Sandra Anderson Connecting the Riches of Nature

STORY BY DAVID CLEWETT
PHOTOGRAPHY BY CAROL STERNKOPF

Sandy Anderson’s jewelry includes three distinct types of wearable art. She creates necklaces of spun paper and porcelain, abstract Crazy Bird pins and brooch assemblages of trouvailles or found objects. Her designs are influenced by 25 years in Hawaii where she taught art and was inspired by the richness of Hawaiian and Japanese cultures.

Sandra AndersonContemporary in look, Anderson’s necklaces are reminiscent of ancient royal Hawaiian Pala’oa, adornments for chiefs which were made of braided hair and whale bone. Her necklaces continue that connection to nature with an earthy yet sophisticated appearance.

“The necklaces are regal and speak to tradition. They are made of Japanese mulberry paper which I spin into thread on a vintage spinning wheel and dye with natural indigo and other native plants. I make porcelain clasps and often add small hand-made porcelain netsuke-like sculptures similar to those that were used in the Edo period of Japan as fasteners,” Anderson said.
The Crazy Bird pins are created with a variety of vivid colors and simple shapes. Each bird seems to have its own character. It would be a challenge to wear one of Anderson’s birds without immediately having a cheerful and joyous disposition. They are fun, bright in primary colors and seeking to elicit a smile to the wearer and anyone who might encounter them.

“Maybe the Crazy Bird pins will even evoke a giggle,” Anderson said.
Pin w BG

From the deliberate placement of an eye, the shape of the bird’s body or the length of the legs, Anderson’s ability to create a bird character using only a few objects and bright colors is astounding.

“The Crazy Birds are pure whimsy. They are made of plexi, silver and found objects. I attach the parts using tiny nuts and bolts and wire. The technique is known as cold connections because no solder is used.”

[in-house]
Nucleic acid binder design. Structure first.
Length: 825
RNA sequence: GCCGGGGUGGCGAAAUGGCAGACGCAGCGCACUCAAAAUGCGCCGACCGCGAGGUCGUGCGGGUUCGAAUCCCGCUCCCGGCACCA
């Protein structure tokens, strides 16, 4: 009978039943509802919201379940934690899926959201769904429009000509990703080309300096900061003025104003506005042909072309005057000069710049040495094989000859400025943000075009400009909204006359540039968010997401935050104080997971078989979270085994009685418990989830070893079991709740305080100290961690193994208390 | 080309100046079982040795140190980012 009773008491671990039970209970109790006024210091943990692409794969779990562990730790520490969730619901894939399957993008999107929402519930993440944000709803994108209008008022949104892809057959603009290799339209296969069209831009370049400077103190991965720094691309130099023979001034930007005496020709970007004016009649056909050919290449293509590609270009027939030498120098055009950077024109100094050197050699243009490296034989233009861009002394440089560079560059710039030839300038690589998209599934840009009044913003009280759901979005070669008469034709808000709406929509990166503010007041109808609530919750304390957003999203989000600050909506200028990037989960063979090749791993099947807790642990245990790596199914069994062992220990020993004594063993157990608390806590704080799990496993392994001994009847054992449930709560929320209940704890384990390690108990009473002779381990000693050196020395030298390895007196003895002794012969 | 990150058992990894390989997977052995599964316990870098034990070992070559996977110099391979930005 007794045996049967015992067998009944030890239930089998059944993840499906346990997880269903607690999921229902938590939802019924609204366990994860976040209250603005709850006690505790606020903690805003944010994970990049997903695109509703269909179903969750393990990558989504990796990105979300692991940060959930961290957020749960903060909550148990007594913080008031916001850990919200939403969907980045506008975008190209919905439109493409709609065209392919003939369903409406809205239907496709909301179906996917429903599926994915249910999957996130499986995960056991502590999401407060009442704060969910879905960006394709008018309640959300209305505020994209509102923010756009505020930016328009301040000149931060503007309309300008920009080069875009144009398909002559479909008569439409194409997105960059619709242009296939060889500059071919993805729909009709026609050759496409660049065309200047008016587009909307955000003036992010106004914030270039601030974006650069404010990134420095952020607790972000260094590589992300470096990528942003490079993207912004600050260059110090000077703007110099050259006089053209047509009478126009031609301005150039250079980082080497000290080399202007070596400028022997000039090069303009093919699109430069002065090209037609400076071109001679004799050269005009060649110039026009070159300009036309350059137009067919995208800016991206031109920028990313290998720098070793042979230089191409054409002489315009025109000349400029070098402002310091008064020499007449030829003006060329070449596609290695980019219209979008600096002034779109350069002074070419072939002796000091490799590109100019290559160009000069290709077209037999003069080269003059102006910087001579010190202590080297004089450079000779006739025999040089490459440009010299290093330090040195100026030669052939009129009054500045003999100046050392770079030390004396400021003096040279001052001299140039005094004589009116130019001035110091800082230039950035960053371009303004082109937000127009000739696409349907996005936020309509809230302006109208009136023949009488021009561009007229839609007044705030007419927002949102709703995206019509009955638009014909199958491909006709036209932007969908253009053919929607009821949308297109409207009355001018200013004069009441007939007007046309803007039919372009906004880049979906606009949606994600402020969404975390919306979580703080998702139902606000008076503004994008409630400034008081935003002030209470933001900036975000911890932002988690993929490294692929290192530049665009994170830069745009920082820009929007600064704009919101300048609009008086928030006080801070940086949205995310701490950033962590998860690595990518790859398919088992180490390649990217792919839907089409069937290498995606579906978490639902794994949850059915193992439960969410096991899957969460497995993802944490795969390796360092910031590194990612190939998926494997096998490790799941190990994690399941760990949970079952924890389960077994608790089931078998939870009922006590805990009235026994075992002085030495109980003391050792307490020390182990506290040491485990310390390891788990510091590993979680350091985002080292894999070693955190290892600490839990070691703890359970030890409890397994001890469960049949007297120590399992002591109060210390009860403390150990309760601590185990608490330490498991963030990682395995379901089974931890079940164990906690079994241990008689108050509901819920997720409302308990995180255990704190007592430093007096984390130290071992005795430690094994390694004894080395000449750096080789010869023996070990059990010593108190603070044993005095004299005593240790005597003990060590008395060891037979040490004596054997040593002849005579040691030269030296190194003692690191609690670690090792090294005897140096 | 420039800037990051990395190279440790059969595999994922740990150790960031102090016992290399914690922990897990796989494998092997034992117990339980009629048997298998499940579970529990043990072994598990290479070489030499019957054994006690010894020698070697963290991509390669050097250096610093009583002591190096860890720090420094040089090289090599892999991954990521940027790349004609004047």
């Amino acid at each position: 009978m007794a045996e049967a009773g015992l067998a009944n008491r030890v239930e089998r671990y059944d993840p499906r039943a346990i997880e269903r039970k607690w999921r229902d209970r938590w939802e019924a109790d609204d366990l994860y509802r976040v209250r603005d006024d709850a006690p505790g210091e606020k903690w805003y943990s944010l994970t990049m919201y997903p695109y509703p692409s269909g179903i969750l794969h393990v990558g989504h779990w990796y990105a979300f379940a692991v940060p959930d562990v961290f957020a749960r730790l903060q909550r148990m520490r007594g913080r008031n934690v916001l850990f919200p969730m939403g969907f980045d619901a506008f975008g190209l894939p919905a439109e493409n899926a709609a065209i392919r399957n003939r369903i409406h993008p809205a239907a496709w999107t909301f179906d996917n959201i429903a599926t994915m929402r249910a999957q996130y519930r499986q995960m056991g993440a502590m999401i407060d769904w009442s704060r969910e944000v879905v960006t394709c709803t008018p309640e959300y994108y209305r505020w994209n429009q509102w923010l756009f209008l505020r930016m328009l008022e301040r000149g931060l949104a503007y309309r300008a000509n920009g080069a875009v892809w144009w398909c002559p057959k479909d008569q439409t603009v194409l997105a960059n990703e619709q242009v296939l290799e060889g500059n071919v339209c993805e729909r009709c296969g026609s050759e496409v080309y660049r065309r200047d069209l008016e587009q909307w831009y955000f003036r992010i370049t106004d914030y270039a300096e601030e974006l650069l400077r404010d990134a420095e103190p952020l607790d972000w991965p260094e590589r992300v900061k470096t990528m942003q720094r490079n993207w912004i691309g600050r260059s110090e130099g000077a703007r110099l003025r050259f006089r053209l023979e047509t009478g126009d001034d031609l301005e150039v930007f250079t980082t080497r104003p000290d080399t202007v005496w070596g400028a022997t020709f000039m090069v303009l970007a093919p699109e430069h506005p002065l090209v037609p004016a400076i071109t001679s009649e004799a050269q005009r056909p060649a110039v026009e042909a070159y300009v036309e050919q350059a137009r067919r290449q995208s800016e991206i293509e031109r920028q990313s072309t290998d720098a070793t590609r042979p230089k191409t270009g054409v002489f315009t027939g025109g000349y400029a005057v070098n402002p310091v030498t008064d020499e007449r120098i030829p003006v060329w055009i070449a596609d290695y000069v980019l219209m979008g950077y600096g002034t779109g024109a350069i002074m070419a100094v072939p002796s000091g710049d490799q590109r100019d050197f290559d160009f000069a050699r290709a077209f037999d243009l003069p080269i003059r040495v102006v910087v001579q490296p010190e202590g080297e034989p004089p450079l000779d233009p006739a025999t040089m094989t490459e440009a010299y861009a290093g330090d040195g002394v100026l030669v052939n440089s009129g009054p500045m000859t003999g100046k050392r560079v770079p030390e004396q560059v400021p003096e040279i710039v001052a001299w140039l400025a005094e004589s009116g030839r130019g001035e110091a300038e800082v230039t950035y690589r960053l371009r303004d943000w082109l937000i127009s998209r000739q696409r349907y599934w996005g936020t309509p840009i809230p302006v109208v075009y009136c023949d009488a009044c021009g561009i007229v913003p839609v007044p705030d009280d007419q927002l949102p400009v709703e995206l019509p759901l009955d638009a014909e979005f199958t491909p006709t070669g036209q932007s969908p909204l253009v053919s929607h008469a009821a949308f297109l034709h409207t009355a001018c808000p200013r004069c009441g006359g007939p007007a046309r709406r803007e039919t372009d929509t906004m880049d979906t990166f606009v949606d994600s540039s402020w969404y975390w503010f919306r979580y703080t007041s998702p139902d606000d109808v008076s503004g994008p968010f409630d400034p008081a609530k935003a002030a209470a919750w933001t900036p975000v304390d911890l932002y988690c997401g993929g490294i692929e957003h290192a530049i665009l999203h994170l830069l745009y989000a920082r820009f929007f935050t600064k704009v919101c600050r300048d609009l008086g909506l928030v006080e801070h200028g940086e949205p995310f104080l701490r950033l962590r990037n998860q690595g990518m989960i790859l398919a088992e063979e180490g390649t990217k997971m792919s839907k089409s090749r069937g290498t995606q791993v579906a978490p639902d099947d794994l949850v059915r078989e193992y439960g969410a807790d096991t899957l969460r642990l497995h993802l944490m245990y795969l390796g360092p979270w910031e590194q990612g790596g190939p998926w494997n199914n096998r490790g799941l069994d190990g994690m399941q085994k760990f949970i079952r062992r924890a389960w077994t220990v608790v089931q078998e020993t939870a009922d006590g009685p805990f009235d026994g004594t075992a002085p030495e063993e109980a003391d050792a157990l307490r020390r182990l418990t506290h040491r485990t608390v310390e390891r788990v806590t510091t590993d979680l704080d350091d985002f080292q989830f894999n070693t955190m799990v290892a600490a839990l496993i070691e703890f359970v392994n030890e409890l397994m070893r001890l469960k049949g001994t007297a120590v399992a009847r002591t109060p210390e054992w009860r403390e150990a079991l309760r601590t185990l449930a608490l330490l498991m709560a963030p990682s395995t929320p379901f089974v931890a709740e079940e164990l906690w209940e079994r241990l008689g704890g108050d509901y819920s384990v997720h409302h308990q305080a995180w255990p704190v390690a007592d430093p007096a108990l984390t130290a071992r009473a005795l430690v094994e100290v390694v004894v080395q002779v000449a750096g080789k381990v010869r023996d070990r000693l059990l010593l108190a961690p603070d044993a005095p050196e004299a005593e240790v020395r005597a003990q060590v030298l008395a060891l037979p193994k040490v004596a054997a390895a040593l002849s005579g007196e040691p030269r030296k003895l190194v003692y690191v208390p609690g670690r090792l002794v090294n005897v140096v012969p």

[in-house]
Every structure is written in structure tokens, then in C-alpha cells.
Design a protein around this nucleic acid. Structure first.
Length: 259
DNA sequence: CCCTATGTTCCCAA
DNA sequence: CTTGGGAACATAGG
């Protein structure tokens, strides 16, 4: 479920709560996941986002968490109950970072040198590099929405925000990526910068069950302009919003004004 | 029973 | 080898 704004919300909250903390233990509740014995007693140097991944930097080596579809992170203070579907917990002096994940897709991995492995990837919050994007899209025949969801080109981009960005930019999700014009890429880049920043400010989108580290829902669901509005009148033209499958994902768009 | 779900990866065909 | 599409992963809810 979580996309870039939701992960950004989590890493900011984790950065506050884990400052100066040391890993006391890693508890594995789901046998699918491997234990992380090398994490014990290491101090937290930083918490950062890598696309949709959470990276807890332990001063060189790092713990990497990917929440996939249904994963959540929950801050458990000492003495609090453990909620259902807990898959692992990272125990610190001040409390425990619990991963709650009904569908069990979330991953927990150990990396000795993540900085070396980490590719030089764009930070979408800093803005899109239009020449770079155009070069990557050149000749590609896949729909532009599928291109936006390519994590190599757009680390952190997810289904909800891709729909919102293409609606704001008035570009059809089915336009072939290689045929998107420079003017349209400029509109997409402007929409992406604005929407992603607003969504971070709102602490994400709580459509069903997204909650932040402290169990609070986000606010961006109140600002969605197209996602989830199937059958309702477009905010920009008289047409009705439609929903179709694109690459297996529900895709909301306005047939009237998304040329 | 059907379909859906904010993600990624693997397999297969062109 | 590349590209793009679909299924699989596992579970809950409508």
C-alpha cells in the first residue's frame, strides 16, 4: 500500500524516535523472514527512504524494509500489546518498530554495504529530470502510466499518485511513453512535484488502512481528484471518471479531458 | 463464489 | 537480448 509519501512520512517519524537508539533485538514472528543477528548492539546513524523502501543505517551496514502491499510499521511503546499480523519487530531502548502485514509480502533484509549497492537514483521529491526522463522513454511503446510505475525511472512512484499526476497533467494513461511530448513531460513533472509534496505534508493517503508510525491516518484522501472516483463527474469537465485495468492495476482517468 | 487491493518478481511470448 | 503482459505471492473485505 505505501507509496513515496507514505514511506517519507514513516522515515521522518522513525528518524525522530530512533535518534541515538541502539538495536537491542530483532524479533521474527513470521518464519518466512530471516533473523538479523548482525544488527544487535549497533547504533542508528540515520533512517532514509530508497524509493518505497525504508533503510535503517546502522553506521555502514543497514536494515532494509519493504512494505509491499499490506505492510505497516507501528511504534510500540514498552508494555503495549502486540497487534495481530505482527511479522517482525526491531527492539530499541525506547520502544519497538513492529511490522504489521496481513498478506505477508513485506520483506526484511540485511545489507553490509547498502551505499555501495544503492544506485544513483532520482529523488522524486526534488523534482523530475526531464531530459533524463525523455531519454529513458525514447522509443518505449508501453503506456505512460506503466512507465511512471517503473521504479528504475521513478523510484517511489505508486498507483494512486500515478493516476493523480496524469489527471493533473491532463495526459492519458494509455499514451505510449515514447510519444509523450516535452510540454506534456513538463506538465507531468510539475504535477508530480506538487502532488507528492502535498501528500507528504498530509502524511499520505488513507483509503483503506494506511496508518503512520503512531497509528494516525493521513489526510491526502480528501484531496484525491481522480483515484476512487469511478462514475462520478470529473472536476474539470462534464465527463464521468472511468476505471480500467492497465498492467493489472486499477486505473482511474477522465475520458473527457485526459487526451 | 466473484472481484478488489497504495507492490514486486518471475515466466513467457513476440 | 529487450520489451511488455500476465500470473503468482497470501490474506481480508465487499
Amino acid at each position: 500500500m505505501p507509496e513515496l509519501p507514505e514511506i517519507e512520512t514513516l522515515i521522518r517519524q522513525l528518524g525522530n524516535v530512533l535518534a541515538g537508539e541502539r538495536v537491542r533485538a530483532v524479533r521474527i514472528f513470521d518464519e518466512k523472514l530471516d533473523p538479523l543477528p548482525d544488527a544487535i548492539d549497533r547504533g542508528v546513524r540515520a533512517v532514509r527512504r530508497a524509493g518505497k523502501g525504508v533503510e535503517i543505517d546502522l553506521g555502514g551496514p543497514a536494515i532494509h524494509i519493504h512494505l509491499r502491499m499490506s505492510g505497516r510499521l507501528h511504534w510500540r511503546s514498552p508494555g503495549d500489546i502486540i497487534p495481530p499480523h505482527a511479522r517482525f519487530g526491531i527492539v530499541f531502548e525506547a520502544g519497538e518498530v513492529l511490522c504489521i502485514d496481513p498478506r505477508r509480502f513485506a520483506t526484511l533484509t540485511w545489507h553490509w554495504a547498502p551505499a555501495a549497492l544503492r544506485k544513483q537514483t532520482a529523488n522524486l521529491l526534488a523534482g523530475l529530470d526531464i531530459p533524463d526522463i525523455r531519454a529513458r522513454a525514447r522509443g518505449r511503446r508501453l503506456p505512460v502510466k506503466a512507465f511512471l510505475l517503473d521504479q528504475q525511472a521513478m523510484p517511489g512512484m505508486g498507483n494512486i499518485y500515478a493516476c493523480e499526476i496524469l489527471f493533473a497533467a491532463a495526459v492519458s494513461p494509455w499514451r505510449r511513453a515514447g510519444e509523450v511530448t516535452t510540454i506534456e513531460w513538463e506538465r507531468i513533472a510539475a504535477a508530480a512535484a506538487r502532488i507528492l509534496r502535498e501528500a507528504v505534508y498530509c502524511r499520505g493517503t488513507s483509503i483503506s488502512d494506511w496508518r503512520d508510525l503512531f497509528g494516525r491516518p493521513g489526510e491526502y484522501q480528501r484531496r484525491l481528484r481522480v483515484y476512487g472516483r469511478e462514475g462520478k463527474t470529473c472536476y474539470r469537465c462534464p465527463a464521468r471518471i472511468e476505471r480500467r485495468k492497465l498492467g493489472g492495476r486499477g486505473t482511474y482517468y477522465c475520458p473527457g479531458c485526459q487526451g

When Anderson was heading off to a jewelry workshop at Penland, North Carolina her teaching partner at La Pietra School gave her the charge to create a nametag brooch.

Anderson Pin“That was the beginning of a lot of fun. I began making name pins for my peers incorporating personal ephemera,” offered Anderson.
Anderson’s found object brooches are made of components found in antique and junk shops. The small toys and trinkets that once held a place in someone’s heart and were later discarded are rediscovered in her work. It is her uncanny ability to make art from randomness that leads to the beautiful results.

Since many of Anderson’s trouvailles come from yesteryear there is often an aged industrial look. Compasses, brass keys and copper fittings are added to the silver foundation for the final design. Anderson’s found object brooches frequently feature a door with discretely hidden text or images behind it, perhaps a piece of literature or a drawing which contributes to the entire motif.

“Doors and windows are tempting,” Anderson said. “They impose a sense of mystery and intrigue. I like to have a hidden meaning just beyond reach.”
All of her pins and brooches are made with a hands-on approach that begins with gathering items of possibility, then exploring textures, surfaces, colors and materials. She cuts silver for the frame, fits clear plexi to it and composes the collage. The piece is completed using the cold connection technique.

Anderson is represented in the Hawaii State Foundation on Culture and the Arts, as well as private collections in Japan, Hawaii, Oregon and Washington.
Anderson’s jewelry is available by contacting Anderson directly at aanderson@bendcable.com

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